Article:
Apollo 11 Lunar Surface Journal

Lunar Gaits

Commentary Copyright © 1995-2001 by Eric M. Jones.
All rights reserved.
Last revised 2 November 2010.

The Apollo astronauts used four gaits on the Moon. During much of the Apollo 11 EVA, Neil and Buzz walked flat footed, putting one foot in front of the other but not pushing off to take advantage of the weak gravitational field. Most of the astronauts on the later missions favored a loping gait in which they still alternated feet but pushed off with each step and floated forward before planting the next foot. Ed Mitchell of Apollo 14 and Gene Cernan on Apollo 17 favored a skipping stride in which they kept one foot always forward, let's say the left and, as they landed, hit with the trailing foot just a fraction of a second before the leading foot, pushing off with each foot as it hit and launching into the next glide. No one used the two-footed, kangaroo hop on level ground - except in play - but both Cernan and Schmitt used it in coming down a steep hill on Apollo 17.

Armstrong, from the 1969 Technical Debrief - "With respect to work on the surface, the one-sixth gravity was, in general, a pleasant environment in which to work, and the adaptation to movement was not difficult. I felt it was quite natural. Buzz had the opportunity to look at more detailed aspects of it, a good bit more than I did; but, in general, we can say it was not difficult to work and accomplish tasks. I think certain exposure to one-sixth g in training is worthwhile, but I don't think it needs to be pursued exhaustively in light of the ease of adaptation."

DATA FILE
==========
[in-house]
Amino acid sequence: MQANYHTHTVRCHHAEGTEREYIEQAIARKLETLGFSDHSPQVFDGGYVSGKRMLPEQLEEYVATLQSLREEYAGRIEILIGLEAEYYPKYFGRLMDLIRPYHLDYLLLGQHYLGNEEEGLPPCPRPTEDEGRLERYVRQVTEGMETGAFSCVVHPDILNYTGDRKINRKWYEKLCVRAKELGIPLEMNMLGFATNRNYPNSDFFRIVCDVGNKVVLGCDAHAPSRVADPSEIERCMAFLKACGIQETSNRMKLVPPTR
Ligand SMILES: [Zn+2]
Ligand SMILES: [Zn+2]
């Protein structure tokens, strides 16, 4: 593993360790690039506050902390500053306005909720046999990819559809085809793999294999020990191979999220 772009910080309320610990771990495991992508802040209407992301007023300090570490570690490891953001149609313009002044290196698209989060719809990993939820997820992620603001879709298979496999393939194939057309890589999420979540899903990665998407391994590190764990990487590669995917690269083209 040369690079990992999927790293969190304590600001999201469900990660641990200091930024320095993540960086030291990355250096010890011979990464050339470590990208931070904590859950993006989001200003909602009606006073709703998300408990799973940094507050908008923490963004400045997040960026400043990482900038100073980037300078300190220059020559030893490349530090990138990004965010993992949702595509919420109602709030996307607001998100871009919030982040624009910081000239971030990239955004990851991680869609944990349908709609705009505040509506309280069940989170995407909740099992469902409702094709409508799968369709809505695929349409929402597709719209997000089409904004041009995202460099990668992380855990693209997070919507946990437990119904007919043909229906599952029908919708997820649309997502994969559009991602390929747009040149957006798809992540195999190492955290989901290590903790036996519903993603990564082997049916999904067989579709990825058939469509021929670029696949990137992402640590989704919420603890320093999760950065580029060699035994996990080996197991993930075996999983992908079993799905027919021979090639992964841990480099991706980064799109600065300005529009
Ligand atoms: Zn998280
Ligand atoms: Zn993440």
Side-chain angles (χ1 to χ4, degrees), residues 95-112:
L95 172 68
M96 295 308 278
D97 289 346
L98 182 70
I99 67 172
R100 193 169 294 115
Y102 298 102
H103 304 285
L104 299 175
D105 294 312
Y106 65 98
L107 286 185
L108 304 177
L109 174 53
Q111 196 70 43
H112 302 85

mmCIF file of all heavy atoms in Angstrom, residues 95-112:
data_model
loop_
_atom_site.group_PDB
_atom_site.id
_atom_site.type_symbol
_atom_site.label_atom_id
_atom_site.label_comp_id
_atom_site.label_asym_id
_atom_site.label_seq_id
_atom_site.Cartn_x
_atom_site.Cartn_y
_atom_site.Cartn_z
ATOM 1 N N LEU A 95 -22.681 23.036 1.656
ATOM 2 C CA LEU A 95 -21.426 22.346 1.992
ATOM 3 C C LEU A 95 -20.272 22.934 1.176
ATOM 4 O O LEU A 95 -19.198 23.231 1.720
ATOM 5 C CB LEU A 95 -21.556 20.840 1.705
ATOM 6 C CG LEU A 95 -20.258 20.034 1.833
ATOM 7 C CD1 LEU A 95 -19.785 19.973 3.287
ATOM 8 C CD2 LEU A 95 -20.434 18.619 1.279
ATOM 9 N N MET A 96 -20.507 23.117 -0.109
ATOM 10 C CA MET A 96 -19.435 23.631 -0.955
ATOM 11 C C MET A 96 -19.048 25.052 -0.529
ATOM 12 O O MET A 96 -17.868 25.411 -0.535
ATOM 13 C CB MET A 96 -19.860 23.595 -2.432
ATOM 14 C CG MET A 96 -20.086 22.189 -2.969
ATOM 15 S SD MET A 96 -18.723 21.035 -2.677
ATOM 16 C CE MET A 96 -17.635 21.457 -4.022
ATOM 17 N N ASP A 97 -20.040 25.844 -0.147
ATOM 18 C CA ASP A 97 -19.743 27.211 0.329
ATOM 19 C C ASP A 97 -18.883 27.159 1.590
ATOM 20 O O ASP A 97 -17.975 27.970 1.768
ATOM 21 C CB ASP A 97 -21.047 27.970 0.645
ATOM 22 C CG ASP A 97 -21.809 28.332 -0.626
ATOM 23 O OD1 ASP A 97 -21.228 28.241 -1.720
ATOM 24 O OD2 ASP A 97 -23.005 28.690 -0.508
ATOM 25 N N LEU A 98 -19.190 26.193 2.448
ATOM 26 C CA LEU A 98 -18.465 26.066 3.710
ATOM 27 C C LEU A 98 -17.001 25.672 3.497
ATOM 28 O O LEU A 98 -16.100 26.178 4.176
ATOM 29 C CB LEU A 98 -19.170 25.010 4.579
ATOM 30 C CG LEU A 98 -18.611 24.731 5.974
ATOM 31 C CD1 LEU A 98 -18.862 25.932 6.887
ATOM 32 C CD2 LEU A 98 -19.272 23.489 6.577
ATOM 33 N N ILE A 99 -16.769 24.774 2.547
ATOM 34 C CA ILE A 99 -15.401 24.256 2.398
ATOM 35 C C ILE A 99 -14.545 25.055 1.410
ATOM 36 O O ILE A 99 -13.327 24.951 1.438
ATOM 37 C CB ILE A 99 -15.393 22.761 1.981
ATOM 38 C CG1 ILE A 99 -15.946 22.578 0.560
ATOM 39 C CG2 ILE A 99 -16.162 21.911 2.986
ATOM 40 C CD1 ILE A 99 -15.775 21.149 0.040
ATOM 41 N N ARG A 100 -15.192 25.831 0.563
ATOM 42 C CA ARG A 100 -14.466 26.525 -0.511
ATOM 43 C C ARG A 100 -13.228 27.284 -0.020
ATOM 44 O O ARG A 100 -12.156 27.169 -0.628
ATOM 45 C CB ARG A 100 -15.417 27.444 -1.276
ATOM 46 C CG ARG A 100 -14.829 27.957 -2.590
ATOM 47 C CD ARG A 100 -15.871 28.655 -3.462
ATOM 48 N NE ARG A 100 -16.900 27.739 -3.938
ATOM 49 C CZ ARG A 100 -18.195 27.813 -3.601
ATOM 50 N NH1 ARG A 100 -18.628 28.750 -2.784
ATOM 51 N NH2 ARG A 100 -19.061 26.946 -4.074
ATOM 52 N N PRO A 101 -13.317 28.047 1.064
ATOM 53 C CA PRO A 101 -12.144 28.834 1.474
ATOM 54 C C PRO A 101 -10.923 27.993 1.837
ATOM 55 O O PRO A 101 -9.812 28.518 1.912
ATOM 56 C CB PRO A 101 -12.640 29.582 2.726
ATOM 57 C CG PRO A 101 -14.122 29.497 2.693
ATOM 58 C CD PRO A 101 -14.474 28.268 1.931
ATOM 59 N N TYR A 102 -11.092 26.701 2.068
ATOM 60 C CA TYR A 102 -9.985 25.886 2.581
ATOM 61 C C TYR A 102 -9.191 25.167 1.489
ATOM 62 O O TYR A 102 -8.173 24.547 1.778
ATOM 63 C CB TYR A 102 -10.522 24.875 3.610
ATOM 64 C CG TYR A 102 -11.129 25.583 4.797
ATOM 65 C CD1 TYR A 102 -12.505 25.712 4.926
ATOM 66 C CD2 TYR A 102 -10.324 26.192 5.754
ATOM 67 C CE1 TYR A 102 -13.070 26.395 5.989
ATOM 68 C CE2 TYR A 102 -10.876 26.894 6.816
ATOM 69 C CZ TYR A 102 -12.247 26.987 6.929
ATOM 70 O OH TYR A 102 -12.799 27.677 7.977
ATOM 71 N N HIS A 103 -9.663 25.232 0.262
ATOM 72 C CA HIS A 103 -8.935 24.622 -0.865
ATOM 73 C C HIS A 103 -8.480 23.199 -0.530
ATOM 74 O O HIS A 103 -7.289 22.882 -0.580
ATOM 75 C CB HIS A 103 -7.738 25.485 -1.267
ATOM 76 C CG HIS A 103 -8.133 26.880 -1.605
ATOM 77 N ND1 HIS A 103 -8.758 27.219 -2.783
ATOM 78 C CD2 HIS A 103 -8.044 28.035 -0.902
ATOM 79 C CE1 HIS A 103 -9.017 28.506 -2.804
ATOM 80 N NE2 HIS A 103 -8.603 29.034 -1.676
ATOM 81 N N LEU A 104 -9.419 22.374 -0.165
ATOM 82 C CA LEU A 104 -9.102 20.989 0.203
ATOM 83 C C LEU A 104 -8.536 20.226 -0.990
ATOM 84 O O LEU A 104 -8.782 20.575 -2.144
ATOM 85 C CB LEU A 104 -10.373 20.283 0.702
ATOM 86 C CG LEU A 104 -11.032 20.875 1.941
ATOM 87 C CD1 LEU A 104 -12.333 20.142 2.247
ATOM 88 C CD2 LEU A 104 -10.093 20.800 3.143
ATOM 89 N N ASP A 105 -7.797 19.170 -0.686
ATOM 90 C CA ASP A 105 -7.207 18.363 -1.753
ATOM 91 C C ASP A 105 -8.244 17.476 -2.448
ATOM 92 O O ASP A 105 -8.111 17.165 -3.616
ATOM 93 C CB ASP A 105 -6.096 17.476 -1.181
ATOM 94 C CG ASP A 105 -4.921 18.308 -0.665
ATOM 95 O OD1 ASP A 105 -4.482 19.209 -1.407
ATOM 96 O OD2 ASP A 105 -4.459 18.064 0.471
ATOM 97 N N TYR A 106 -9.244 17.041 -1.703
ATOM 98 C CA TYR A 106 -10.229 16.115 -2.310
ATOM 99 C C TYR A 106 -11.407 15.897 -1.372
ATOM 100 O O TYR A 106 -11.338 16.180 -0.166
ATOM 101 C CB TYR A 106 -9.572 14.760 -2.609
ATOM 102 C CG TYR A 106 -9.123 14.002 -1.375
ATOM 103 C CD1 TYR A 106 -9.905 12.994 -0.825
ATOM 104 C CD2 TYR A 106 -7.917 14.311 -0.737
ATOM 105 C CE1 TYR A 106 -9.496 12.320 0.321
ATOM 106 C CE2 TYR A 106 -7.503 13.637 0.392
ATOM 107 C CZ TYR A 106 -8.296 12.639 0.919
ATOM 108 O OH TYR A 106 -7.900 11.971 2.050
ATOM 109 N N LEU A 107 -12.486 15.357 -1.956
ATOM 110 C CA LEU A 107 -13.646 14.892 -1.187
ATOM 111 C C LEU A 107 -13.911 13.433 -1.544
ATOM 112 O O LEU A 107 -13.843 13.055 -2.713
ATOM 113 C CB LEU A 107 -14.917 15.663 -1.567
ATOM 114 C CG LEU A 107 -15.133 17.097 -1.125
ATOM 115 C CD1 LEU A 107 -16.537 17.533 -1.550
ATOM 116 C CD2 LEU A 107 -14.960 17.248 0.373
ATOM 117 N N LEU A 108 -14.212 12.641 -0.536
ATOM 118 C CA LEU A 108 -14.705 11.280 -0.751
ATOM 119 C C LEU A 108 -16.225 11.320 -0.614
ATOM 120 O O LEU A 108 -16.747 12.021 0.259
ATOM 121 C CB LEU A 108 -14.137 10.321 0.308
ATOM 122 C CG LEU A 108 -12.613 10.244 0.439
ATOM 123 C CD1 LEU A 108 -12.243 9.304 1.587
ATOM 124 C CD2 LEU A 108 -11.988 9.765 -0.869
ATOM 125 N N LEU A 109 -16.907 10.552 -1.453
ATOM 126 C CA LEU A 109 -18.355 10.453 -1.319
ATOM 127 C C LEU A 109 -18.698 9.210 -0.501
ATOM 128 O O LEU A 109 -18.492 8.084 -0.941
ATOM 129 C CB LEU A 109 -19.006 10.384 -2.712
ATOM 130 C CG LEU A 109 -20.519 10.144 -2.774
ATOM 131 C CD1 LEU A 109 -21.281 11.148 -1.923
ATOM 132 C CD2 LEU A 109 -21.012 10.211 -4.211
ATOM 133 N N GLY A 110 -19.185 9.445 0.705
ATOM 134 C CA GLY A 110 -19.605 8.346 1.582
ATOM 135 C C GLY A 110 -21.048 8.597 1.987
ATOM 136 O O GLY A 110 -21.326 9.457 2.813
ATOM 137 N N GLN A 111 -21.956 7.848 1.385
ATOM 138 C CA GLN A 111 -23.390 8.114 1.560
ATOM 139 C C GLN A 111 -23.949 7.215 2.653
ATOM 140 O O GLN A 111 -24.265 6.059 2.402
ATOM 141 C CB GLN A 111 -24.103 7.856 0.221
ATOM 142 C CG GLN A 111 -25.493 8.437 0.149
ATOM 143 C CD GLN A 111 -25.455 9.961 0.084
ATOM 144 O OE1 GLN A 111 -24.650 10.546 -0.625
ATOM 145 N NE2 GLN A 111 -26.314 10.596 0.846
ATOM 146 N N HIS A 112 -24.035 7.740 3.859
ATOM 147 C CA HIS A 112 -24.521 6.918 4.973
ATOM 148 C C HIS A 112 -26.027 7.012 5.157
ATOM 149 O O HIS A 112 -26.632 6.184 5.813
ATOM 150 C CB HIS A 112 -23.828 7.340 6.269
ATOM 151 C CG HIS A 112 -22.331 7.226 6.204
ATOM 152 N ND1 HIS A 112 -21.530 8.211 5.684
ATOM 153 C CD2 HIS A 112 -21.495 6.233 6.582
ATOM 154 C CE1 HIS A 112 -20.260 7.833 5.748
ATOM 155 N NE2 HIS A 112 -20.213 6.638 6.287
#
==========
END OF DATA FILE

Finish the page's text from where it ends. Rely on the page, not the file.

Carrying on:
Aldrin, from the 1969 Technical Debrief - "Moving around was very natural. Some attention must be paid to the mass that you have in the suit and, also, to the mass of the PLSS that is on your back. I think we anticipated this adequately, and the fact that we did have a sizable mass mounted to the rear was not detrimental to moving around."

Armstrong, from the 1969 Technical Debrief - "I would say that balance (while walking) was not difficult; however, I did some fairly high jumps and found that there was a tendency to tip over backwards on a high jump. One time I came close to falling and decided that was enough of that."

On Apollo 16, Charlie Duke tried to jump as high as he possibly could and, as Neil almost did, tipped over backwards and landed on his PLSS. In his 1990 book, "Moonwalker", written with his wife Dotty, he said that, as he fell, he was genuinely afraid that he was about to die but, fortunately, neither his PLSS nor his suit was damaged and the only damage to himself was an acute case of embarrassment.